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Thursday, 24 April 2014

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Cumbrian delivery van driver drank wine to ease hangover

A supermarket delivery driver who pulled over for a swig of wine and then got stuck in a ditch has been banned from the roads.

Karl Andrew Straughton, 24, of Riverside, Great Clifton near Workington, was making a delivery for Asda on July 19 when he started to feel hungover.

He pulled over for a break and “foolishly” had a drink of wine, Carlisle magistrates heard.

Pulling away, he misjudged the manoeuvre and crashed the Mercedes Sprinter van into a ditch at Newton Arlosh Village.

He was found to be over the drink-drive alcohol limit.

Helen Wallace, defending, said: “On the night before this he was drinking heavily with a friend who had just come back from the Falklands as a serving officer in the RAF.

“It is Straughton’s ambition to join the RAF and they had spent the night drinking vodka and lemonade.

“In the morning his father had given him a lift to work.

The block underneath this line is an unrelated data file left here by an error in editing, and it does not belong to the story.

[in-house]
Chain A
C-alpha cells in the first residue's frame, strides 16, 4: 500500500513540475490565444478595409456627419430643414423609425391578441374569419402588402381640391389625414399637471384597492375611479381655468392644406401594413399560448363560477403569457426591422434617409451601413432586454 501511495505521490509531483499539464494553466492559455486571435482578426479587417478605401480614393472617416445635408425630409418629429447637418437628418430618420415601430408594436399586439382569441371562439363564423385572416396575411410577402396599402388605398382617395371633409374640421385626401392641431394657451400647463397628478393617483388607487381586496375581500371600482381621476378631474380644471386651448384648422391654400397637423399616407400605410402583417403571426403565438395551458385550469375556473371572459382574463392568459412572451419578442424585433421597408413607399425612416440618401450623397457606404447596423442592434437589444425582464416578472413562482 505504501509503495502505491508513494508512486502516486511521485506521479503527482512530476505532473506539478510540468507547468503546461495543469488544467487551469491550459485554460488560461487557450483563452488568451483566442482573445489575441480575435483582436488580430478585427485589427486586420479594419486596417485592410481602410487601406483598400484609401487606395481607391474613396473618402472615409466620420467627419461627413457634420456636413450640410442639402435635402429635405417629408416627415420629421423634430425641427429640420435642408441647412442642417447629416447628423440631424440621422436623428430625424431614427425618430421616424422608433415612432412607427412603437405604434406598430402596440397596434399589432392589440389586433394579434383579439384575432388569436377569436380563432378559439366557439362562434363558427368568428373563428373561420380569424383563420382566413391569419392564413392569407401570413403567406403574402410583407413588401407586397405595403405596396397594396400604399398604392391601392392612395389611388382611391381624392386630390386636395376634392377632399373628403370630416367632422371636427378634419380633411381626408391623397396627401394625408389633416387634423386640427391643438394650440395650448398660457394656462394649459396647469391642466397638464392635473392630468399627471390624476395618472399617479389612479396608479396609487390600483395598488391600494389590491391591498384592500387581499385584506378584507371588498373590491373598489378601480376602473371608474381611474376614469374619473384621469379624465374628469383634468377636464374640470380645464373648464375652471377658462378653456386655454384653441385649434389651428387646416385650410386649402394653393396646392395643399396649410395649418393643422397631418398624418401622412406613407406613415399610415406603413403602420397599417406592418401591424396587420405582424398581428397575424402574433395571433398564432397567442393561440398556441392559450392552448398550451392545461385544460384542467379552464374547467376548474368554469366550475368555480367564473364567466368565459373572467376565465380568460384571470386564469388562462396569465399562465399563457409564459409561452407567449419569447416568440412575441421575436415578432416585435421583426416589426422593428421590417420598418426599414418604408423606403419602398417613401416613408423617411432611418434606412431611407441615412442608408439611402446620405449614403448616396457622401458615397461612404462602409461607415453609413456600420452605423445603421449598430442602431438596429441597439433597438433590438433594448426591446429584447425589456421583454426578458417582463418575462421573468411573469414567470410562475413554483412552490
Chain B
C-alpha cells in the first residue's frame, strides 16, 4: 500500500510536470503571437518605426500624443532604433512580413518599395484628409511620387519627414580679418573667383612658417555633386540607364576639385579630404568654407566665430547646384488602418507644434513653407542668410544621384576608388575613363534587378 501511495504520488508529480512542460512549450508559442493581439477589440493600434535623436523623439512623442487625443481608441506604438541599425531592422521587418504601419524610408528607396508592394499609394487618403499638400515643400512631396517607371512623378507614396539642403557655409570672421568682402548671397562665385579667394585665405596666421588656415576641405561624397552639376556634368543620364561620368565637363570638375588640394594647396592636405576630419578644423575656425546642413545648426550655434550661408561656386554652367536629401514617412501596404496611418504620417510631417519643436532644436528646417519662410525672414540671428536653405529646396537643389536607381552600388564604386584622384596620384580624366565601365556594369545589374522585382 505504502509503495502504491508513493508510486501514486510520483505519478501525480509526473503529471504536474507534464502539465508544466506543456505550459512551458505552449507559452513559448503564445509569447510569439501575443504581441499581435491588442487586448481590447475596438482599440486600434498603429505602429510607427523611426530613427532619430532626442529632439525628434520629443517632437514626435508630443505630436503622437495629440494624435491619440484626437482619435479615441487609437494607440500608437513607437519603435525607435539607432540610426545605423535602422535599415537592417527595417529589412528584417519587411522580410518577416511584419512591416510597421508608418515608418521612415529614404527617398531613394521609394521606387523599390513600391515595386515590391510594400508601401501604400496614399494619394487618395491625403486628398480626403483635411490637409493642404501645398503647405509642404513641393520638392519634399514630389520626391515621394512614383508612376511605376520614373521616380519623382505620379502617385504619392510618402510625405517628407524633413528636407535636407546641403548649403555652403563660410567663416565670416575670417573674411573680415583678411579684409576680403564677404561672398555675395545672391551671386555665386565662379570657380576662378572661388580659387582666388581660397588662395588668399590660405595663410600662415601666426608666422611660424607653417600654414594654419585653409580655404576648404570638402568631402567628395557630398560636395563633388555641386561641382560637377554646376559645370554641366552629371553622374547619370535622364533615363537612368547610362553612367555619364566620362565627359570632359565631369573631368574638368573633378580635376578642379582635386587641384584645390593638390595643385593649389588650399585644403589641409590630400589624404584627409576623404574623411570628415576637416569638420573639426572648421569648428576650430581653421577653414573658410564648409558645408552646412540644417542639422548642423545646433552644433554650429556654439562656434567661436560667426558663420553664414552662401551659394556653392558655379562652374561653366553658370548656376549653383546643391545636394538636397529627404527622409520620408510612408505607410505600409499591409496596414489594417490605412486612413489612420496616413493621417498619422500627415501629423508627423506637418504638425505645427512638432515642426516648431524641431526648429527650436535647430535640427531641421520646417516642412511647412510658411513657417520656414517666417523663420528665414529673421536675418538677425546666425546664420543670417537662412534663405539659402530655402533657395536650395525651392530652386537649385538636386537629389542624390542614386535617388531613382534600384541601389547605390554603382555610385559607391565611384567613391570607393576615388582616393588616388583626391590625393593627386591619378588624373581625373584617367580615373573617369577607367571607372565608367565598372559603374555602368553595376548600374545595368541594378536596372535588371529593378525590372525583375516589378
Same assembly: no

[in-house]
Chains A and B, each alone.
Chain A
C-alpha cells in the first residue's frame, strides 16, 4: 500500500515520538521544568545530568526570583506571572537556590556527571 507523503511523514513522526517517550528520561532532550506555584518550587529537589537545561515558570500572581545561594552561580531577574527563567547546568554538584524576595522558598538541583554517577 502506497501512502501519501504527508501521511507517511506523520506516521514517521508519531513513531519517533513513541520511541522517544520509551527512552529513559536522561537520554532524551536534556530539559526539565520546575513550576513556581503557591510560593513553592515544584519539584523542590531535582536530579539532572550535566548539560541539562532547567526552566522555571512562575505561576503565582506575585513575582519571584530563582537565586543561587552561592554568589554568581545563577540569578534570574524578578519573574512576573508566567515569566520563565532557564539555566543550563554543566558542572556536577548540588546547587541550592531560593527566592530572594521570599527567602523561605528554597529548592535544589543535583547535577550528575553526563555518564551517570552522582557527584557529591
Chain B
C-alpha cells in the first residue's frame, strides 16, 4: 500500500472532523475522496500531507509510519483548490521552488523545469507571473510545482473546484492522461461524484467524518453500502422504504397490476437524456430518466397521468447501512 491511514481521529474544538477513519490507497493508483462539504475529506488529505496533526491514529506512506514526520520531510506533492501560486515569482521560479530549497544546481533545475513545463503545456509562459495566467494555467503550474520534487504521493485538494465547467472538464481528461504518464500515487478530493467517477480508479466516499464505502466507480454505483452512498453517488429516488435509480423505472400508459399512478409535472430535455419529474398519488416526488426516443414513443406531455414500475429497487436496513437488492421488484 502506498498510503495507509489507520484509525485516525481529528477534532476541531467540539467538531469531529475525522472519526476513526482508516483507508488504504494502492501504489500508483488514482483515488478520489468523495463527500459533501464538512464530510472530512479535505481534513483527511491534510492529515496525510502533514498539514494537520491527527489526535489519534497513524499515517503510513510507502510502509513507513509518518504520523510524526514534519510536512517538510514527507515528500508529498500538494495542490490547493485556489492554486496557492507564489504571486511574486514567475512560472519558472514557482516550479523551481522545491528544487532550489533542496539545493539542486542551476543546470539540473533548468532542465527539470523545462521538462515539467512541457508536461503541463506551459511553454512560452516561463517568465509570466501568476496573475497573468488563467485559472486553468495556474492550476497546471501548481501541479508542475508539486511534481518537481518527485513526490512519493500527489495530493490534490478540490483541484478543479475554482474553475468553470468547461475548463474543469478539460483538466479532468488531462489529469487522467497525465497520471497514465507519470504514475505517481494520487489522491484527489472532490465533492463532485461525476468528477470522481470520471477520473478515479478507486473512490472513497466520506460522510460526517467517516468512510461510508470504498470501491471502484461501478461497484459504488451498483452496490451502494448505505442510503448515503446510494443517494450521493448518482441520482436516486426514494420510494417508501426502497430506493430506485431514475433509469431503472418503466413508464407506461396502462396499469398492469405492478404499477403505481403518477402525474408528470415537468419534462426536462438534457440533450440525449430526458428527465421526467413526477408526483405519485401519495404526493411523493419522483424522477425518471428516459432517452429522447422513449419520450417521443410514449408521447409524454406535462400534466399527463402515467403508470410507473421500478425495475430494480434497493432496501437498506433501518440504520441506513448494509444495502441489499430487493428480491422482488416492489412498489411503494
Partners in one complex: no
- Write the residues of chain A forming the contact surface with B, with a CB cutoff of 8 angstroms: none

“Towards the end of the day he was asked to do a particular delivery and at the time didn’t realise he was still over the limit.

“He decided to pull over and at that point he very foolishly decided to take a swig of wine out of a bottle.

“He tried to pull off, misjudged the manoeuvre and the van got stuck in a ditch.”

The court also heard from Pam Ward, prosecuting, that police had arrived to find the Asda van being towed away.

She added that Straughton has been “aggressive” towards police officers when taken into custody.

He had subsequently apologised to the officers, the court heard.

She added that he knew he would lose his job at Asda but that he was also concerned it could jeopardise his plans to join the RAF.

However, the court heard that the admissions officers have agreed to defer his application until his driving ban has expired.

The court heard that Straughton had been suffering from “severe depression” after his parents split up and had turned to drink several years ago to cope with it.

He was disqualified from driving for 20 months, ordered to pay a £170 fine, a victim surcharge of £15 and £85 costs.

He was also ordered to attend a drink-drivers rehabilitation course.

The court heard that he had pleaded guilty at the first opportunity, had no previous court convictions and was “normally very responsible”.

The chairman of the bench said that hopefully this would be a rude awakening for him.

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